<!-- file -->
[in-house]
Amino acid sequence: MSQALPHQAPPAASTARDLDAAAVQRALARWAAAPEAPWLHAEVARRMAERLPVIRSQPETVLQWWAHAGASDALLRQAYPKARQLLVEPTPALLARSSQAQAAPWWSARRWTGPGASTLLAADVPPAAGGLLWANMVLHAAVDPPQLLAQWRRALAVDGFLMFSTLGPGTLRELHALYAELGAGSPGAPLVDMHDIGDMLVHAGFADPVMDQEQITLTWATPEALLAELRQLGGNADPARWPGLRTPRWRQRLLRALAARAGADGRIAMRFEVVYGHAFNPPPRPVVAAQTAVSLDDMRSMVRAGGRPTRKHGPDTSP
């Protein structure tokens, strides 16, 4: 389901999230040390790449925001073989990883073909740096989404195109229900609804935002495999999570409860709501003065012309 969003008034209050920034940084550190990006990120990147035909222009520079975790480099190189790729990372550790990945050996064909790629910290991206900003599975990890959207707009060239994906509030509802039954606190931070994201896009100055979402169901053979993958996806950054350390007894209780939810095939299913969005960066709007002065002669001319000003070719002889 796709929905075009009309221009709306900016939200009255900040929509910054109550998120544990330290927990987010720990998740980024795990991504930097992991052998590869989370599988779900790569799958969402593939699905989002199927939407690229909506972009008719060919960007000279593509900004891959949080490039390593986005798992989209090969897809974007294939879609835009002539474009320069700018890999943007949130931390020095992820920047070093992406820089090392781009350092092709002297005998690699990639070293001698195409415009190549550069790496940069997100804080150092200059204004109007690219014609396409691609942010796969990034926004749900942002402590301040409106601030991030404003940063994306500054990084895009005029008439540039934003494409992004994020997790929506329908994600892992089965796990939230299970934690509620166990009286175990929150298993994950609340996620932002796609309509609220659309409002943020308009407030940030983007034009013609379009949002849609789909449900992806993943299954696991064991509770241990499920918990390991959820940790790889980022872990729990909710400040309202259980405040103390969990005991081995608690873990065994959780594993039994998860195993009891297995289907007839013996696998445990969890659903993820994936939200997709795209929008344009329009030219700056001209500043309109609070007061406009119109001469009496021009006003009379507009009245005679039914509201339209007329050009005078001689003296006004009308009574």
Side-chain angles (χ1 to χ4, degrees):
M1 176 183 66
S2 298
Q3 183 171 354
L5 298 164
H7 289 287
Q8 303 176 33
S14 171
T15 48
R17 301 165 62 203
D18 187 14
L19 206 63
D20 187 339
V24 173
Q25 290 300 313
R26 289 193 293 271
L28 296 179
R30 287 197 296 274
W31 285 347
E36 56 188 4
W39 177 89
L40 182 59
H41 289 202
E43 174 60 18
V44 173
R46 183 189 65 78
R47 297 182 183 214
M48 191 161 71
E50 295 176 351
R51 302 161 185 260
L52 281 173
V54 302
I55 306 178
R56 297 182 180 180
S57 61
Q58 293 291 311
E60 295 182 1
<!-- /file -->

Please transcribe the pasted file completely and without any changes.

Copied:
[in-house]
Amino acid sequence: MSQALPHQAPPAASTARDLDAAAVQRALARWAAAPEAPWLHAEVARRMAERLPVIRSQPETVLQWWAHAGASDALLRQAYPKARQLLVEPTPALLARSSQAQAAPWWSARRWTGPGASTLLAADVPPAAGGLLWANMVLHAAVDPPQLLAQWRRALAVDGFLMFSTLGPGTLRELHALYAELGAGSPGAPLVDMHDIGDMLVHAGFADPVMDQEQITLTWATPEALLAELRQLGGNADPARWPGLRTPRWRQRLLRALAARAGADGRIAMRFEVVYGHAFNPPPRPVVAAQTAVSLDDMRSMVRAGGRPTRKHGPDTSP
């Protein structure tokens, strides 16, 4: 389901999230040390790449925001073989990883073909740096989404195109229900609804935002495999999570409860709501003065012309 969003008034209050920034940084550190990006990120990147035909222009520079975790480099190189790729990372550790990945050996064909790629910290991206900003599975990890959207707009060239994906509030509802039954606190931070994201896009100055979402169901053979993958996806950054350390007894209780939810095939299913969005960066709007002065002669001319000003070719002889 796709929905075009009309221009709306900016939200009255900040929509910054109550998120544990330290927990987010720990998740980024795990991504930097992991052998590869989370599988779900790569799958969402593939699905989002199927939407690229909506972009008719060919960007000279593509900004891959949080490039390593986005798992989209090969897809974007294939879609835009002539474009320069700018890999943007949130931390020095992820920047070093992406820089090392781009350092092709002297005998690699990639070293001698195409415009190549550069790496940069997100804080150092200059204004109007690219014609396409691609942010796969990034926004749900942002402590301040409106601030991030404003940063994306500054990084895009005029008439540039934003494409992004994020997790929506329908994600892992089965796990939230299970934690509620166990009286175990929150298993994950609340996620932002796609309509609220659309409002943020308009407030940030983007034009013609379009949002849609789909449900992806993943299954696991064991509770241990499920918990390991959820940790790889980022872990729990909710400040309202259980405040103390969990005991081995608690873990065994959780594993039994998860195993009891297995289907007839013996696998445990969890659903993820994936939200997709795209929008344009329009030219700056001209500043309109609070007061406009119109001469009496021009006003009379507009009245005679039914509201339209007329050009005078001689003296006004009308009574």
Side-chain angles (χ1 to χ4, degrees):
M1 176 183 66
S2 298
Q3 183 171 354
L5 298 164
H7 289 287
Q8 303 176 33
S14 171
T15 48
R17 301 165 62 203
D18 187 14
L19 206 63
D20 187 339
V24 173
Q25 290 300 313
R26 289 193 293 271
L28 296 179
R30 287 197 296 274
W31 285 347
E36 56 188 4
W39 177 89
L40 182 59
H41 289 202
E43 174 60 18
V44 173
R46 183 189 65 78
R47 297 182 183 214
M48 191 161 71
E50 295 176 351
R51 302 161 185 260
L52 281 173
V54 302
I55 306 178
R56 297 182 180 180
S57 61
Q58 293 291 311
E60 295 182 1